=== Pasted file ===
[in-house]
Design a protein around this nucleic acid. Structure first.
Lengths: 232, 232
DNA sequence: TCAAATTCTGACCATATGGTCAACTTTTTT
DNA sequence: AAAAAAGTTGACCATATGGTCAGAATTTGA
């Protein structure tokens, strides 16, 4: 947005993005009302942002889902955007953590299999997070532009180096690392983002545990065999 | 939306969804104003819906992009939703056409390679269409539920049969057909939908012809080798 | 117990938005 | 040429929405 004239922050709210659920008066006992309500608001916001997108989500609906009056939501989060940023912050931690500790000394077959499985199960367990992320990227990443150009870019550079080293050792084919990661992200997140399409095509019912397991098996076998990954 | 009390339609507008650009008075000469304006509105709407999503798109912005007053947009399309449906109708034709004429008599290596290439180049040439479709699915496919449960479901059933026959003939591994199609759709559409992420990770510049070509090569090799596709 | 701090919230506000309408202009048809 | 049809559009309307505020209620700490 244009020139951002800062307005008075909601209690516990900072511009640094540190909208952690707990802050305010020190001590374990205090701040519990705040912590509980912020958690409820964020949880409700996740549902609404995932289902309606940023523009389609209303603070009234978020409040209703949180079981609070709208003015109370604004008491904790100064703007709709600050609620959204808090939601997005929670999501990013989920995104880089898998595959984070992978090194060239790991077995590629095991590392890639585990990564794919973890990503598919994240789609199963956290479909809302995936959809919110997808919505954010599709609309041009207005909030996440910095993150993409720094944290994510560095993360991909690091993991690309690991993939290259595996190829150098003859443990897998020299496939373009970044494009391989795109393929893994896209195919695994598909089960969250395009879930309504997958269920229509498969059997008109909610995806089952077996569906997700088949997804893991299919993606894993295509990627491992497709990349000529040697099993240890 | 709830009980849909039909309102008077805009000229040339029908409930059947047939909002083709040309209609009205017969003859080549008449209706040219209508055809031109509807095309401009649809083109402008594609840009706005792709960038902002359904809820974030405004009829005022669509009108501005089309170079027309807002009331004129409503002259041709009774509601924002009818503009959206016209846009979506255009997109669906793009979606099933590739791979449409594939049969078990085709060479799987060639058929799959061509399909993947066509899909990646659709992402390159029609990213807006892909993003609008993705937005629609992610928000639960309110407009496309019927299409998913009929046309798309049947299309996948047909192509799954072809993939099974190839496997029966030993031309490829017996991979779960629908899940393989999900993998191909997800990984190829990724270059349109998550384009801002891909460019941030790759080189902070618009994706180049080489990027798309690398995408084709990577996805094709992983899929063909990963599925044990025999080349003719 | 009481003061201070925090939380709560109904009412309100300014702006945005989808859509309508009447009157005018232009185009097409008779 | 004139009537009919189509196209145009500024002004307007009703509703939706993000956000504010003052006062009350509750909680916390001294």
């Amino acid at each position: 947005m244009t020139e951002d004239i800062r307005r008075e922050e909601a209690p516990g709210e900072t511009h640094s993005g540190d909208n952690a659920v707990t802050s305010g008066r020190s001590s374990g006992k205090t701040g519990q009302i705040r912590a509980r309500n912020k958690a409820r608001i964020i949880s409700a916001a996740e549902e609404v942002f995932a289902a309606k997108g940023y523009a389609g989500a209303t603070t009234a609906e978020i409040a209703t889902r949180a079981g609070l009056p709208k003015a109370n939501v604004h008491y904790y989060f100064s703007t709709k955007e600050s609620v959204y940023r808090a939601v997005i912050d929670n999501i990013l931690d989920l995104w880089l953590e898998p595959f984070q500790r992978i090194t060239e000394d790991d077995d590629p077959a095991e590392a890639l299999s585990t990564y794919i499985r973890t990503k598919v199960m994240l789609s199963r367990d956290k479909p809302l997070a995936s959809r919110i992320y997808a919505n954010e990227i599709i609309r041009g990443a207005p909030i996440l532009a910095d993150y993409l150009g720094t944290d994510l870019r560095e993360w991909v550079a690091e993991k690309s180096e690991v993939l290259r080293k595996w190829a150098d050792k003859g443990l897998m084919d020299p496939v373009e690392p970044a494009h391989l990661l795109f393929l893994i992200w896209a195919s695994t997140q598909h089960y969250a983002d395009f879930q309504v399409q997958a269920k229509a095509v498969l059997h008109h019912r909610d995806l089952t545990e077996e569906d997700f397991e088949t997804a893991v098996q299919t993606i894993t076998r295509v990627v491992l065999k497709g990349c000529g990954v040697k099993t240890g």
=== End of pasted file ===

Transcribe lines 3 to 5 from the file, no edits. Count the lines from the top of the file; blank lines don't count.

Lengths: 232, 232
DNA sequence: TCAAATTCTGACCATATGGTCAACTTTTTT
DNA sequence: AAAAAAGTTGACCATATGGTCAGAATTTGA